04/18/2017 05:05 EDT | Updated 04/18/2017 05:05 EDT

I Make My Employees Go Tech-Free When They Take Time Off

No shoes, no shirt, no cell phone. That's how a vacation should be. But nowadays, with email and web conferencing, it's harder than ever to take a tech-free holiday. We're a hyper-connected society with a bad case of FOMO -- we're afraid of what we'll miss if we don't pick up the phone.

I'll be the first to admit that going unplugged is a challenge. Back in the early stages of 1-800-GOT-JUNK?, it didn't matter if I was at the office, at home or on vacation -- I rarely let an email or a phone call go unanswered. I thought being plugged in 24/7 was essential to our success.

drinking pool

(Photo: Gilaxia via Getty Images)

The problem is traditional business models demand unnecessary overtime and 24-hour availability -- even when you're catching rays, pina colada in hand. Taking time off is often viewed as slacking or as an indulgence reserved for higher-ups.

In reality, overworked employees are unproductive employees. "All work, no play" is fundamentally an unbalanced way of thinking. And while "work hard, play hard" has reached near-cliché status, it at least sets you up for work-life equilibrium.

After 30 years in business, I've learned the value of time off, and its effect on my well-being and the success of our business. Studies show that productivity improves massively after a recharge (especially after a totally tech-free break) and that employees come back to work feeling happier and more inspired. That's why, at my company, we go dark on vacation. Time off isn't only encouraged, it's required -- and we've seen the effects in action: the benefit to our employees' happiness and our bottom line are indisputable.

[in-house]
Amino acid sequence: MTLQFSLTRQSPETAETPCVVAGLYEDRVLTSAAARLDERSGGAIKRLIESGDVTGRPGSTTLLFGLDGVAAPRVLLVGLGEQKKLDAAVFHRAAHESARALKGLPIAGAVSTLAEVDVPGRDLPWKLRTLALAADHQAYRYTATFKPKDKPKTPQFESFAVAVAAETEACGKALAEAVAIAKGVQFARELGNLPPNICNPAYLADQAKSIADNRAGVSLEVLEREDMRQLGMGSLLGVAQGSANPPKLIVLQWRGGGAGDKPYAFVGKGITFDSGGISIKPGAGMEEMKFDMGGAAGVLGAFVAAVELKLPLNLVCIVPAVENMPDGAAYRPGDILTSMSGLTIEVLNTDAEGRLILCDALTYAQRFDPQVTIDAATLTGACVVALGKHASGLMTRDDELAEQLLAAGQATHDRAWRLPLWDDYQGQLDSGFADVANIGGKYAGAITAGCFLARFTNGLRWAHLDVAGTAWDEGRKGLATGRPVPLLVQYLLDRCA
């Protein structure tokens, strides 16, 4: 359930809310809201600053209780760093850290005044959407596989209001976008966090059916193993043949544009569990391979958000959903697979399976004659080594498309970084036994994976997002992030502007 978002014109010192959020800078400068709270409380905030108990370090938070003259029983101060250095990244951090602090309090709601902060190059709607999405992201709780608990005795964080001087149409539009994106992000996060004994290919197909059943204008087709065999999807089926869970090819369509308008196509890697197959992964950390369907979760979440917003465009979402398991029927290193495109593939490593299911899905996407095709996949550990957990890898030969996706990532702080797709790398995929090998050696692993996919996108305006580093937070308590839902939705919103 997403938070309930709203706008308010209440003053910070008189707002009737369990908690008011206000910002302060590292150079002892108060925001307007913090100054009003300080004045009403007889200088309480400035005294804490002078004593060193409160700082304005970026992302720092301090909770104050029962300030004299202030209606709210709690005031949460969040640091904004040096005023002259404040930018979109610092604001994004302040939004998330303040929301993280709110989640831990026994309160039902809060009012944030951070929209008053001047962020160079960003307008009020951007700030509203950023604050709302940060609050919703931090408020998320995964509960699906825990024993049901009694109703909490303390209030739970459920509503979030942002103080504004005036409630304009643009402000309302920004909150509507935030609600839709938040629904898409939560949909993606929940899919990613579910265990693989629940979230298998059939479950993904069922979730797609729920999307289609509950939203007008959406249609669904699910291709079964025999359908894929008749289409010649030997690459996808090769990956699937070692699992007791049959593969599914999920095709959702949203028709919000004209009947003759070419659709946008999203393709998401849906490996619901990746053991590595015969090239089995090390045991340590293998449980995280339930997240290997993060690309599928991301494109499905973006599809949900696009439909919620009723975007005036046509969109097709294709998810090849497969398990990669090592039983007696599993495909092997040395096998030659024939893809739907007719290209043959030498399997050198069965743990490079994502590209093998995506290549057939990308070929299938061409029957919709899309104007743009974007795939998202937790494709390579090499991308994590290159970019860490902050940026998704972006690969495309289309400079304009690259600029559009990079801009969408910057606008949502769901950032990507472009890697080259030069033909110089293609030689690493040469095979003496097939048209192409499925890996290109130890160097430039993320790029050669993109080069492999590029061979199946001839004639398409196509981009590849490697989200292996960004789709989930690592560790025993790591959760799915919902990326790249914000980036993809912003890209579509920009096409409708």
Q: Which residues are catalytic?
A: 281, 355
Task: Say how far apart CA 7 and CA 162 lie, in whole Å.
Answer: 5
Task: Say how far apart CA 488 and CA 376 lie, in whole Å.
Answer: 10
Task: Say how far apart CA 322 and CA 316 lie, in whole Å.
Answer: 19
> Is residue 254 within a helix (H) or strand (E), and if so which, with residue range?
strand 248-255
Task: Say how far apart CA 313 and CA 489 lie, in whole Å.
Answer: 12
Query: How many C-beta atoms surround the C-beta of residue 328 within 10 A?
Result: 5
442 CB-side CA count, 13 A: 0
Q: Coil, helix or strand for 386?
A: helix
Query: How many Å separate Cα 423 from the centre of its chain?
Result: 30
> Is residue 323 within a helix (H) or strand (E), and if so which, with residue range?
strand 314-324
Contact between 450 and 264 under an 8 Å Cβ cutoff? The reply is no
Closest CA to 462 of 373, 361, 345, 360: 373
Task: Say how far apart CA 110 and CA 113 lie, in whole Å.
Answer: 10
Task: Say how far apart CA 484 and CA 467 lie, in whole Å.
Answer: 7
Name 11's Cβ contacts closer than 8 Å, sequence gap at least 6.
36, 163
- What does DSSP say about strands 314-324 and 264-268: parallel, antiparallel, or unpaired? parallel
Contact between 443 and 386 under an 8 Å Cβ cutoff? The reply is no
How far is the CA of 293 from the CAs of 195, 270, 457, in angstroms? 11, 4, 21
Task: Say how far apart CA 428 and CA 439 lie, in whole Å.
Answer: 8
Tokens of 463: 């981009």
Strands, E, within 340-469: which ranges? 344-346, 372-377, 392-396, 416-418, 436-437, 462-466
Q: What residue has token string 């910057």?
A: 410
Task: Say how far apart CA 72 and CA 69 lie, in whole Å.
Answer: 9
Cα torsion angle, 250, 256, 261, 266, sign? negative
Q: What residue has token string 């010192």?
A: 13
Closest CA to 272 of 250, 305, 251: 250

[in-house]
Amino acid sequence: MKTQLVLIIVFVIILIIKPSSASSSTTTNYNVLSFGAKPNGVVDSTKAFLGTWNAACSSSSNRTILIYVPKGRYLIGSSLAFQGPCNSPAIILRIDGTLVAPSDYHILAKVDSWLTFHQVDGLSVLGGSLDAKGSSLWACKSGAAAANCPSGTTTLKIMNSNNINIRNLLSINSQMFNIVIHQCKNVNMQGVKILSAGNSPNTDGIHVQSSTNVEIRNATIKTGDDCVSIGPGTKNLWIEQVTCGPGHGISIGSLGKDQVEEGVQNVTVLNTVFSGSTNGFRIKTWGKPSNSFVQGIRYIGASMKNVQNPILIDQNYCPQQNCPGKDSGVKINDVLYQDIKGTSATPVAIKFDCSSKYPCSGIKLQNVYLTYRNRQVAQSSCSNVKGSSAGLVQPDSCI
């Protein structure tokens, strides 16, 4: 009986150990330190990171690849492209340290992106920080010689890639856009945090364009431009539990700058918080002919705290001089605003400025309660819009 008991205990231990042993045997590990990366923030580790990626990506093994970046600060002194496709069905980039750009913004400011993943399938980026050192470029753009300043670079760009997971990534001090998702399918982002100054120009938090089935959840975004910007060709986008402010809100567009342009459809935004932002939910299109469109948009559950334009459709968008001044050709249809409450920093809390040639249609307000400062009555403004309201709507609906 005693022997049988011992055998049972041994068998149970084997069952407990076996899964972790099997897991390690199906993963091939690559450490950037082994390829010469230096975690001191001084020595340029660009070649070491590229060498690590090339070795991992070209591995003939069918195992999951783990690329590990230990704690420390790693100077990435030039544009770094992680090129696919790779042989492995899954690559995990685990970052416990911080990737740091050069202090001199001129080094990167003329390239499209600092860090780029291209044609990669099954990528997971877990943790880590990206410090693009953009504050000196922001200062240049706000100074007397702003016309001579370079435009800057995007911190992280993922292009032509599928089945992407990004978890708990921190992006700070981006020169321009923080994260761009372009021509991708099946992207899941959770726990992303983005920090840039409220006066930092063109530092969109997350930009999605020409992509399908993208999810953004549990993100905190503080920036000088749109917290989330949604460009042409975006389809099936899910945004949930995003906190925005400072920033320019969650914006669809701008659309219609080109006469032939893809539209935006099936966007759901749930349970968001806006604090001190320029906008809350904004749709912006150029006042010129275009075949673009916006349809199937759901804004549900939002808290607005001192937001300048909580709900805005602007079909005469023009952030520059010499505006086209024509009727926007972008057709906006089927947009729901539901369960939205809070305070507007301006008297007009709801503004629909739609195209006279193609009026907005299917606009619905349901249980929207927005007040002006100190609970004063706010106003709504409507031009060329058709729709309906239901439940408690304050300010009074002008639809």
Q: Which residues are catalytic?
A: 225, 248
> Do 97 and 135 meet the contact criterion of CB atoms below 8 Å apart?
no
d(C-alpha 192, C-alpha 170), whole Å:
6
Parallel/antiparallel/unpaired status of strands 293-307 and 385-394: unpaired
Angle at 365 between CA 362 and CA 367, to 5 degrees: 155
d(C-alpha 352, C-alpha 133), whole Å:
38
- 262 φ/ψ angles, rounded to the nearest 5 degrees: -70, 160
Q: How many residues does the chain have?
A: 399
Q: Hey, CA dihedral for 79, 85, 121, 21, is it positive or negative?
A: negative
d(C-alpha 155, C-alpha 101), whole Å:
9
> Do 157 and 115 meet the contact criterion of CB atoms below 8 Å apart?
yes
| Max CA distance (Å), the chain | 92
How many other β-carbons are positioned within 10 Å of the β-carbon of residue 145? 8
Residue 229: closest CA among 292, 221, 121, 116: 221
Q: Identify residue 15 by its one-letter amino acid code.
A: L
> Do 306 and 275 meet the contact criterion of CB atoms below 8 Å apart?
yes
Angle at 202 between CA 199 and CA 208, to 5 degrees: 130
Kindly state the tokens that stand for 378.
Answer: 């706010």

We always seem to find the time to check in - but we rarely take the time to check out.

Our nine-step process for going dark is founded on three basic principles: communication, collaboration and trust. We book time off when it's convenient for the team, and work together to ensure that all bases are covered for the duration of the absence.

But no amount of communication or collaboration will make up for a lack of trust, so ensure you have a team who will have your back while you're away. (And keep in mind: if your team can't survive without you for a month or even a week, you likely don't have the right people for the job.)

No matter where we are, we always seem to find the time to check in -- but we rarely take the time to check out. So give yourself and your team the freedom to take a total technology blackout and get some unplugged Facetime with your travel companions. Trust me: everything back at the office will be exactly as you left it.

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